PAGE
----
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Meet Judge Bachart

When asked to write my story, for anyone who knows me, knows about my sense of

humor. I took this task to mean something between a resume’ and an obituary. The more time I

spent thinking of how to introduce myself, the more I thought I can’t tell my story without telling the story

of others who have been with me on this journey.

I was born and raised in Toledo, Oregon and am a proud graduate of Toledo High School.

So how does a Boomer find herself in the Office of the Governor being asked to be the first

female judge in Lincoln County? Like any story, it starts with my parents. I was the first in my

family to go to college. While college was not their path, they worked and sacrificed to make

sure it was an opportunity each one of their children had. I also wouldn’t be the person I am

today without a very special cross-country coach in high school, Paul Boyer. Mr. Boyer taught

me “if you want to be a good person, hang out with good people.” That phrase is one people

regularly hear in my courtroom to this day. He also taught me when life gets tough you need to

“lock in the hubs” and some of your best thoughts come about mile 3 of any given run. One of his

most important lessons was you won’t remember how many letters come after your name, 

your SAT or LSAT score, how many trials you’ve won, or how much money you have made.

Instead, you will remember the relationships you make along your journey and how you make

people feel. He taught me to be successful in life, find something you are passionate about and

when the lines become blurred between work and family, you are truly happy.

After undergraduate, I traveled, spent time abroad and worked to save money for law

school. It was during that time I met my husband, Mark. We will celebrate our 25th wedding

anniversary this summer and have been blessed with two children, Ally and Luke. Ally is a

junior at American University in Washington, DC and Luke is a senior at Newport High School

and will attend the University of Oregon in the fall. Any success I have had in my career is

because of the love and support of my family.

My first job after law school was in the Lincoln County District Attorney’s Office in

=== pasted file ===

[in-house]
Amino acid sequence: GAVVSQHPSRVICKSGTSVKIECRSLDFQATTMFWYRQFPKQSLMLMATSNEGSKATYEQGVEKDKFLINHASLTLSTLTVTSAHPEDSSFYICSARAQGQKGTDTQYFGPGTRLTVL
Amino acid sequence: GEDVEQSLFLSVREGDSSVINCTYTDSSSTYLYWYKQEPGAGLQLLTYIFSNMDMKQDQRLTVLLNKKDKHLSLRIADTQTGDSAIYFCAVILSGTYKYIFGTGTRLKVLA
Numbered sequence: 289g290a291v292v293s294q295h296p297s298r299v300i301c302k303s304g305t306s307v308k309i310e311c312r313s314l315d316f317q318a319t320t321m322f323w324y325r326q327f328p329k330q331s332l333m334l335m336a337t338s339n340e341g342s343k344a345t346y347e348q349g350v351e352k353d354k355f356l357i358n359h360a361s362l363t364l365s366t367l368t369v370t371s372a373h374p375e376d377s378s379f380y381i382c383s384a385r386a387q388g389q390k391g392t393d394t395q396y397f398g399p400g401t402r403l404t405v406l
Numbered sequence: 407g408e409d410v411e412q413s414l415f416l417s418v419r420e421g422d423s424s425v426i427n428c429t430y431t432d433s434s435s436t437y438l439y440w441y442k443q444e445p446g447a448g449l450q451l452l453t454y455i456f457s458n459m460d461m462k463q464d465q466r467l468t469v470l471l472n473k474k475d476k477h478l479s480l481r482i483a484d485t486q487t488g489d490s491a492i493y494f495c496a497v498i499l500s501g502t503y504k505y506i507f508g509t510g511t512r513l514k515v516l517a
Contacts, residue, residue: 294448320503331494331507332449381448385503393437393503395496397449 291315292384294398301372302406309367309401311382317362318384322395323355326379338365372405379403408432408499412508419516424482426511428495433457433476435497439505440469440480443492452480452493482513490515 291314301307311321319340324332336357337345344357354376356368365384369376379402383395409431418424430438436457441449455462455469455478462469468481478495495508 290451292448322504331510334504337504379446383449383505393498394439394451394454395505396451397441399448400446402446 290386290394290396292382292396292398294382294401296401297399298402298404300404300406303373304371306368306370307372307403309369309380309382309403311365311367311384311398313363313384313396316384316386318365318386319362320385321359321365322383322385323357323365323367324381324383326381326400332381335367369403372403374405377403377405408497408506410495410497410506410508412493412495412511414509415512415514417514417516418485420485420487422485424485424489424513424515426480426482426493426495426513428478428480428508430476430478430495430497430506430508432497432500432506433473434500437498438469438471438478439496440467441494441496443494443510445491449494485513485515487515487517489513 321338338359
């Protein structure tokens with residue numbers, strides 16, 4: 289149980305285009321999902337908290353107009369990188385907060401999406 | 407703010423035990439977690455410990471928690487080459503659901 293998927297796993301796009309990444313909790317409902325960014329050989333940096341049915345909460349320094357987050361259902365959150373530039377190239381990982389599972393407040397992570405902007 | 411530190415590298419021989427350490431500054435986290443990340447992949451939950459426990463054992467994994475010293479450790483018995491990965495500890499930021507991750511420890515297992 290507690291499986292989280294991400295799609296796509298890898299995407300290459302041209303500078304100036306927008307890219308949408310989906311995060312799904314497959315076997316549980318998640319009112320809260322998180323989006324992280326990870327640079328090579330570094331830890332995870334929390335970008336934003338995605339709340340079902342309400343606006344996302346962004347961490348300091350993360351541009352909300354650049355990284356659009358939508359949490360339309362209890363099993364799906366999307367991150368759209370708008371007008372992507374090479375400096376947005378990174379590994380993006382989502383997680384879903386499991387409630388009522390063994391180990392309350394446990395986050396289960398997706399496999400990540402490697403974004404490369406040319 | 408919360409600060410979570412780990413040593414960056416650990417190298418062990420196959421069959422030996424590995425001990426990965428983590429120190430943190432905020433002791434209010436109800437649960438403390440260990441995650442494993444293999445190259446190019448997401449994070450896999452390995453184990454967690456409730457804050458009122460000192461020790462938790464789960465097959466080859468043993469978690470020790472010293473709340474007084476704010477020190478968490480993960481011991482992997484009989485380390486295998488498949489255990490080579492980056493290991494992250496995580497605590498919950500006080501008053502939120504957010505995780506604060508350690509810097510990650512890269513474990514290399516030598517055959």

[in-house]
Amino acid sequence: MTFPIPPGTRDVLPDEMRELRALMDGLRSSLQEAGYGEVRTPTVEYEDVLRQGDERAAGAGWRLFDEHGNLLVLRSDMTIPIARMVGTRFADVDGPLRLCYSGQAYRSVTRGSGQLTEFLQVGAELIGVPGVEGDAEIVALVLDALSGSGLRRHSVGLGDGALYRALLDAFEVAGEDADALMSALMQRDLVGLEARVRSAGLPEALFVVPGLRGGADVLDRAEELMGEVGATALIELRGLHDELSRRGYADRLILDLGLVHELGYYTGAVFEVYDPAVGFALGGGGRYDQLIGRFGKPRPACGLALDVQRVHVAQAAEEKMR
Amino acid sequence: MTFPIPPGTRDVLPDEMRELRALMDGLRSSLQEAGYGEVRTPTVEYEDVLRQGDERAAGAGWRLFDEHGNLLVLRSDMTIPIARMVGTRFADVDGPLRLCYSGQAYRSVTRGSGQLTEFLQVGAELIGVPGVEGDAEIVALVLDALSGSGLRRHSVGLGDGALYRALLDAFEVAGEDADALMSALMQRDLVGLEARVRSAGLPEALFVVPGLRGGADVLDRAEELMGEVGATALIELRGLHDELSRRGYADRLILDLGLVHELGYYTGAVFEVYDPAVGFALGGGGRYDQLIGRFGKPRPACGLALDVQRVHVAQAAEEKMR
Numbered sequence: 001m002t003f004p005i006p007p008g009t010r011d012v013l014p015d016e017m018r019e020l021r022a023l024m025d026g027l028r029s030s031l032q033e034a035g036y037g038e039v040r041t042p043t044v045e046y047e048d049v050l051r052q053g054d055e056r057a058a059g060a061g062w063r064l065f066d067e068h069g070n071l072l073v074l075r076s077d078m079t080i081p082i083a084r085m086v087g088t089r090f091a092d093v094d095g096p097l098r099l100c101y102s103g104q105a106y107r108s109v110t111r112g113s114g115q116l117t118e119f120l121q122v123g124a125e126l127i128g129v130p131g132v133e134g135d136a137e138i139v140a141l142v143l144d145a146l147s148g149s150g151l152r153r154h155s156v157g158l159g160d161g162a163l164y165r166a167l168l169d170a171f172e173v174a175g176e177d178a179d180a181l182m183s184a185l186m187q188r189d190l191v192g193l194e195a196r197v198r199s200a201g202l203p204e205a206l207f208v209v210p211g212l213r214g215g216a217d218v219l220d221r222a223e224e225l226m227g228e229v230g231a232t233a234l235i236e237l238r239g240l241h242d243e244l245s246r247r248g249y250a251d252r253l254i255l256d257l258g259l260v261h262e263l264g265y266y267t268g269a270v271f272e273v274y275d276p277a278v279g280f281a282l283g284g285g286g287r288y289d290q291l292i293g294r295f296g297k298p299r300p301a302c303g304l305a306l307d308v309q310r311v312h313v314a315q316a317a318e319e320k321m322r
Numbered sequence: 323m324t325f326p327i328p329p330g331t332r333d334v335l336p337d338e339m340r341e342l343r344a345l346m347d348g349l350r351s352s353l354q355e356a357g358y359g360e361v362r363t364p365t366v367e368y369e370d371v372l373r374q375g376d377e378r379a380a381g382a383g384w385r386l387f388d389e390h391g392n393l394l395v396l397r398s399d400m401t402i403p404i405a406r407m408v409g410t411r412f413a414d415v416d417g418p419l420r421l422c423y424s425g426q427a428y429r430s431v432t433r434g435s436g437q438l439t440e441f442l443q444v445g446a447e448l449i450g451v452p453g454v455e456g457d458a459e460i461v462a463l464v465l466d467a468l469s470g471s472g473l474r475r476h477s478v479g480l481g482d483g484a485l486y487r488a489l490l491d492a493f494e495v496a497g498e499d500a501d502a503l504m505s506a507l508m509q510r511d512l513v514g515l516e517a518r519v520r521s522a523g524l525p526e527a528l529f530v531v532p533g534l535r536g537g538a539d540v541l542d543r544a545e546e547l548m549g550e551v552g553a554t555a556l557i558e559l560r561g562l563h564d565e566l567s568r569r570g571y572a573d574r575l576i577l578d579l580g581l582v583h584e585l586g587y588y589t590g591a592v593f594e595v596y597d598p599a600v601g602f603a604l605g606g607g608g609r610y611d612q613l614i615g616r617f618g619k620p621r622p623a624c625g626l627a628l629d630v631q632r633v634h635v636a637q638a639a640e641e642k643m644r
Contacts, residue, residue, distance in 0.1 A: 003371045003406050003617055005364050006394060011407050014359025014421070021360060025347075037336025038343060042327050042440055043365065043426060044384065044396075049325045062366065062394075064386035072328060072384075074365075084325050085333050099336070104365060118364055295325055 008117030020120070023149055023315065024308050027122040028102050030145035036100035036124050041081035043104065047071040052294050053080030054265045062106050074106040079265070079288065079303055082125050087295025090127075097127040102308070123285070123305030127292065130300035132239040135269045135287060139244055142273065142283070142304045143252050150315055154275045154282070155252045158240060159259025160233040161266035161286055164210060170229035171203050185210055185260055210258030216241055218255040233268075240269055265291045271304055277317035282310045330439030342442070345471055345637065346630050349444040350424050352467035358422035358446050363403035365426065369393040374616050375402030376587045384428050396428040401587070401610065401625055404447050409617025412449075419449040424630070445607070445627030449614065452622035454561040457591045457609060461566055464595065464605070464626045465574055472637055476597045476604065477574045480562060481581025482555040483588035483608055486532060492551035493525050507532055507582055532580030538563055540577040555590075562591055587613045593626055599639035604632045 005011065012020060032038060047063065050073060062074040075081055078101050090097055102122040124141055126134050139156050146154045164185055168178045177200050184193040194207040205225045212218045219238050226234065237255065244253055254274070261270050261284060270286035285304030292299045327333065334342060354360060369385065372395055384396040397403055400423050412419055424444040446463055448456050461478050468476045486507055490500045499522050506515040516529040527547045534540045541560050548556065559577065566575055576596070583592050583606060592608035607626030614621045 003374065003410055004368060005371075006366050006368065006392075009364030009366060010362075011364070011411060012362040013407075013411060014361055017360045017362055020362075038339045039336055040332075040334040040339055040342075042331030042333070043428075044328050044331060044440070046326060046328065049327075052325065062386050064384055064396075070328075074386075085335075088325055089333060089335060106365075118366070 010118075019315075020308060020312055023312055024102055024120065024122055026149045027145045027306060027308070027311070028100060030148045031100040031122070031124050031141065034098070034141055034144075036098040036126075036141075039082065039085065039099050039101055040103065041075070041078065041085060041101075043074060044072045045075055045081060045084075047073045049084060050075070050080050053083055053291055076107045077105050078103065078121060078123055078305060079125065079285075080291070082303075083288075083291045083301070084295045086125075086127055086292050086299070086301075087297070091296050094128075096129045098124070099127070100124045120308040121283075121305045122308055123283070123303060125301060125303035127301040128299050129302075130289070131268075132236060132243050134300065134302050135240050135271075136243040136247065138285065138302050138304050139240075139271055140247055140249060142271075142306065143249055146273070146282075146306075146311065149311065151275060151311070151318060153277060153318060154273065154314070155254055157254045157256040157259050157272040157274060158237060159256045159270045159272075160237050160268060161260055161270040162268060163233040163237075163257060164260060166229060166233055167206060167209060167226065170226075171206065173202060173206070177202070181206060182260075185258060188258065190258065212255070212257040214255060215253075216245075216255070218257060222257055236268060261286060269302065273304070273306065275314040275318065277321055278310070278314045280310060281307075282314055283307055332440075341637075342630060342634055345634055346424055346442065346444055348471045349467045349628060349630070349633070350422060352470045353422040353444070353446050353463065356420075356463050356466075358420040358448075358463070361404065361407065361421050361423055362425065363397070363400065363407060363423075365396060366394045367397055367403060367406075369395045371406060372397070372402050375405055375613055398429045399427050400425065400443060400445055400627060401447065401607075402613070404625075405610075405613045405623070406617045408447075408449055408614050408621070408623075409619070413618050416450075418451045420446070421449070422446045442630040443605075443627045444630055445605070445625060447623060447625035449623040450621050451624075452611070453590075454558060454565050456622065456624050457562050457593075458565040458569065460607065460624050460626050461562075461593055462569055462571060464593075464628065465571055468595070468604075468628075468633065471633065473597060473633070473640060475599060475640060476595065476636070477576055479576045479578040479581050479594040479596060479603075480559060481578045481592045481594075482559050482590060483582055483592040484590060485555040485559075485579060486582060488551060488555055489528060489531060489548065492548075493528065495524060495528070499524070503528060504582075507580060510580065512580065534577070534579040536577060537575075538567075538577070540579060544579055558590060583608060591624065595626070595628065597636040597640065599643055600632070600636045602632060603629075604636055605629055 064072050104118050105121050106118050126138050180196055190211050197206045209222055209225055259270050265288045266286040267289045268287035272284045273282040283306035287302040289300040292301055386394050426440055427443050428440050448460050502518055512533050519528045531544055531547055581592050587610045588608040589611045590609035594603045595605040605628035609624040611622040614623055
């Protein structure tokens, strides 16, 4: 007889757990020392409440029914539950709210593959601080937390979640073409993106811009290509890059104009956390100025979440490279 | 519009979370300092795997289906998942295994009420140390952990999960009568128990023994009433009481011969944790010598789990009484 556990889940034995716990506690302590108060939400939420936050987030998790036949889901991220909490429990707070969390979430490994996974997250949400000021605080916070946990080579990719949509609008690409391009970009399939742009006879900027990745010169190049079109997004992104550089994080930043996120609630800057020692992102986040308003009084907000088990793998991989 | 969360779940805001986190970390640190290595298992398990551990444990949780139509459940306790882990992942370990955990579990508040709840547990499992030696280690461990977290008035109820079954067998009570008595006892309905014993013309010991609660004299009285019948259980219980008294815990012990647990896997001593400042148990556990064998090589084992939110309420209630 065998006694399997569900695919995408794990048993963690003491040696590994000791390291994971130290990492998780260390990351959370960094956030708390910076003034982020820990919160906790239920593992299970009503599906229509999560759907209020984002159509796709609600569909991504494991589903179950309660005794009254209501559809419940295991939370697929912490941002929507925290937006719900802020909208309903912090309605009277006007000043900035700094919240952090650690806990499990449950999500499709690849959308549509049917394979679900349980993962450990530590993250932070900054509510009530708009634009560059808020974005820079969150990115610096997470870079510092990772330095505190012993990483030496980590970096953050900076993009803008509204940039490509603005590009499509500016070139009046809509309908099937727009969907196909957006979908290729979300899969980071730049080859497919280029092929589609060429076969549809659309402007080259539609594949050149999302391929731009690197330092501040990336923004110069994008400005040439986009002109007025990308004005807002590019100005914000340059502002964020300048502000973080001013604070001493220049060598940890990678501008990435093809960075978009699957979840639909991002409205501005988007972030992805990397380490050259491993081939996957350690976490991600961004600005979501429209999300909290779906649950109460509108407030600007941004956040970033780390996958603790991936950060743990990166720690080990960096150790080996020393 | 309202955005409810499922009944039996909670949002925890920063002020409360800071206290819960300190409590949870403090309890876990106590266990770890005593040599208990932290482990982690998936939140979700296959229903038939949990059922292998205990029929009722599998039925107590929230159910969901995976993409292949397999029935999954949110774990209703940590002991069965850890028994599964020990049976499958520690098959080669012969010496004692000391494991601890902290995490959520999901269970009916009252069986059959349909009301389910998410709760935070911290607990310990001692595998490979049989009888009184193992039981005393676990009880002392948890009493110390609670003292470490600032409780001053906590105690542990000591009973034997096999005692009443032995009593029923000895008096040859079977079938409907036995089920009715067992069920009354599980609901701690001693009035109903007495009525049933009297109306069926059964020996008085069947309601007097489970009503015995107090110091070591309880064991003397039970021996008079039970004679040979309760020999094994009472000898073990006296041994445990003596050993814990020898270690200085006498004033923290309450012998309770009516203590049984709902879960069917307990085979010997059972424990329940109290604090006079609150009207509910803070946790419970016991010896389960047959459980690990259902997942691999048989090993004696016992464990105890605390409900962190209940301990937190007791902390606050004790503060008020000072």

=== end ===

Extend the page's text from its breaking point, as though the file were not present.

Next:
1997. I remained at the DA’s Office until I took the bench in 2008. Dan Glode and Peter Fahy

took a chance on me and gave me the encouragement and support every young lawyer needs.

They taught me if you are winning all your cases, you aren’t trying all the cases you should. In

other words, you should be trying the difficult cases and not be bothered by your win/loss record;

it is not about your ego. They taught me to do the right thing, for the right reason. The DA’s

Office is also where I met Paulette Sanders (later to become Judge Paulette Sanders). I have had

the honor to know and work with Judge Sanders my entire career. When I first met her, she was

prosecuting child abuse cases. She taught me child abuse cases are the most difficult, complex,

heart-wrenching cases you will ever handle, but also the most rewarding of your career. Most of

my time in the DA’s Office was spent handling child sexual and physical abuse cases. Few

know of the resilience and raw courage of child victims, but each one is etched in my heart forever.

I was encouraged to apply to become a judge by Judge Thomas Branford and Judge

Charles Littlehales. I had not previously considered becoming a judge, but after considering the

aspects of my job I enjoyed the most, I decided it would be a good fit. I was honored to be

appointed in 2008 by Governor Theodore Kulongoski. Joining the bench with Judge Littlehales

and Judge Branford was the honor of a lifetime. I would not be the judge I am today without

their constant help and support.

Shortly after taking the bench I implemented Domestic Violence Court and now preside

over almost every case involving crimes of domestic violence. I get to work closely with

community partners in this work to achieve better, safer outcomes for families. This past year I

took over Lincoln County’s Drug Court. It is a privilege to play a role in people transforming

their lives when given the opportunity and support needed. Whether it is a civil, criminal,

juvenile or a family law case, I take each case seriously because at that particular moment, it is

the most important thing to the person appearing in front of me. I spend a lot of time researching

issues before me and taking the time to learn about the people and understand their circumstances.

 

In the end, being a trial judge is about people.  A good day is when the work I do makes life a little better

for our community. I am very fortunate to have served as your circuit court judge. I have met many of

you in jury service, as witnesses, parties, litigants, or interested observers in court. I look forward to meeting

more of you in the next couple months and ask for your support in the May election as I hope to continue to

serve you as your circuit court judge.

Paid for and authorized by the Committee To Reelect Judge Bachart